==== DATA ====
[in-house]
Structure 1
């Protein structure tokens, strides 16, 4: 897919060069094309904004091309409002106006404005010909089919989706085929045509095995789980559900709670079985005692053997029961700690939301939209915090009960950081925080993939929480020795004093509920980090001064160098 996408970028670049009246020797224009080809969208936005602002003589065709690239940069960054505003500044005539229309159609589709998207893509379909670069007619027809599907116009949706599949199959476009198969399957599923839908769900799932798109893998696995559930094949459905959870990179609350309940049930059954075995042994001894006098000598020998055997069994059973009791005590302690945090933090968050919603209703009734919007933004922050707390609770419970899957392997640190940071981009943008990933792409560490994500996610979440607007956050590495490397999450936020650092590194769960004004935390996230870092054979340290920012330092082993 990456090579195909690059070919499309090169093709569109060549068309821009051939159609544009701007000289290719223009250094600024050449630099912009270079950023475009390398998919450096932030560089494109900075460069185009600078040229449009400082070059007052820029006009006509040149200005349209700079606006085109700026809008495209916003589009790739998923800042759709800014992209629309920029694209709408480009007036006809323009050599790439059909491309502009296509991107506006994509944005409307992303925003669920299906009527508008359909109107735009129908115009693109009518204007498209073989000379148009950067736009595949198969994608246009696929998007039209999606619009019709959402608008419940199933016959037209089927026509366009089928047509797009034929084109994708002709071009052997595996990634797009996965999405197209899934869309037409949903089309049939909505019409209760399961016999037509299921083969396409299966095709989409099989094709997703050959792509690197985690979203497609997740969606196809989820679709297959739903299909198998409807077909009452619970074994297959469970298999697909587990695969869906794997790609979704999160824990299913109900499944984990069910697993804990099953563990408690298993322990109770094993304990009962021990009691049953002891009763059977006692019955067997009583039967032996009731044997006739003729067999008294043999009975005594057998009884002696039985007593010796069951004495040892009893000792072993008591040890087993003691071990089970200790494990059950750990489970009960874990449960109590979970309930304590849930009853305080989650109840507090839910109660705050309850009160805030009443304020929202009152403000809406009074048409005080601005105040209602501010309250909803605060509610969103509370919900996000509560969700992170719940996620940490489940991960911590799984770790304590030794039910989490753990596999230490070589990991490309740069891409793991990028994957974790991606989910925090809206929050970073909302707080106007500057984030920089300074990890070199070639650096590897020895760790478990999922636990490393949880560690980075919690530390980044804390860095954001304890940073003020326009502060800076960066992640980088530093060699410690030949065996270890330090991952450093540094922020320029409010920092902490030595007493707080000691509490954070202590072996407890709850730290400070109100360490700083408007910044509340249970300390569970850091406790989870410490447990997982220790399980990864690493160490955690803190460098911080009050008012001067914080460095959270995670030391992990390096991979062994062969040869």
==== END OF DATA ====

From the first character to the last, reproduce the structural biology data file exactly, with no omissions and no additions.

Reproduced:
[in-house]
Structure 1
């Protein structure tokens, strides 16, 4: 897919060069094309904004091309409002106006404005010909089919989706085929045509095995789980559900709670079985005692053997029961700690939301939209915090009960950081925080993939929480020795004093509920980090001064160098 996408970028670049009246020797224009080809969208936005602002003589065709690239940069960054505003500044005539229309159609589709998207893509379909670069007619027809599907116009949706599949199959476009198969399957599923839908769900799932798109893998696995559930094949459905959870990179609350309940049930059954075995042994001894006098000598020998055997069994059973009791005590302690945090933090968050919603209703009734919007933004922050707390609770419970899957392997640190940071981009943008990933792409560490994500996610979440607007956050590495490397999450936020650092590194769960004004935390996230870092054979340290920012330092082993 990456090579195909690059070919499309090169093709569109060549068309821009051939159609544009701007000289290719223009250094600024050449630099912009270079950023475009390398998919450096932030560089494109900075460069185009600078040229449009400082070059007052820029006009006509040149200005349209700079606006085109700026809008495209916003589009790739998923800042759709800014992209629309920029694209709408480009007036006809323009050599790439059909491309502009296509991107506006994509944005409307992303925003669920299906009527508008359909109107735009129908115009693109009518204007498209073989000379148009950067736009595949198969994608246009696929998007039209999606619009019709959402608008419940199933016959037209089927026509366009089928047509797009034929084109994708002709071009052997595996990634797009996965999405197209899934869309037409949903089309049939909505019409209760399961016999037509299921083969396409299966095709989409099989094709997703050959792509690197985690979203497609997740969606196809989820679709297959739903299909198998409807077909009452619970074994297959469970298999697909587990695969869906794997790609979704999160824990299913109900499944984990069910697993804990099953563990408690298993322990109770094993304990009962021990009691049953002891009763059977006692019955067997009583039967032996009731044997006739003729067999008294043999009975005594057998009884002696039985007593010796069951004495040892009893000792072993008591040890087993003691071990089970200790494990059950750990489970009960874990449960109590979970309930304590849930009853305080989650109840507090839910109660705050309850009160805030009443304020929202009152403000809406009074048409005080601005105040209602501010309250909803605060509610969103509370919900996000509560969700992170719940996620940490489940991960911590799984770790304590030794039910989490753990596999230490070589990991490309740069891409793991990028994957974790991606989910925090809206929050970073909302707080106007500057984030920089300074990890070199070639650096590897020895760790478990999922636990490393949880560690980075919690530390980044804390860095954001304890940073003020326009502060800076960066992640980088530093060699410690030949065996270890330090991952450093540094922020320029409010920092902490030595007493707080000691509490954070202590072996407890709850730290400070109100360490700083408007910044509340249970300390569970850091406790989870410490447990997982220790399980990864690493160490955690803190460098911080009050008012001067914080460095959270995670030391992990390096991979062994062969040869």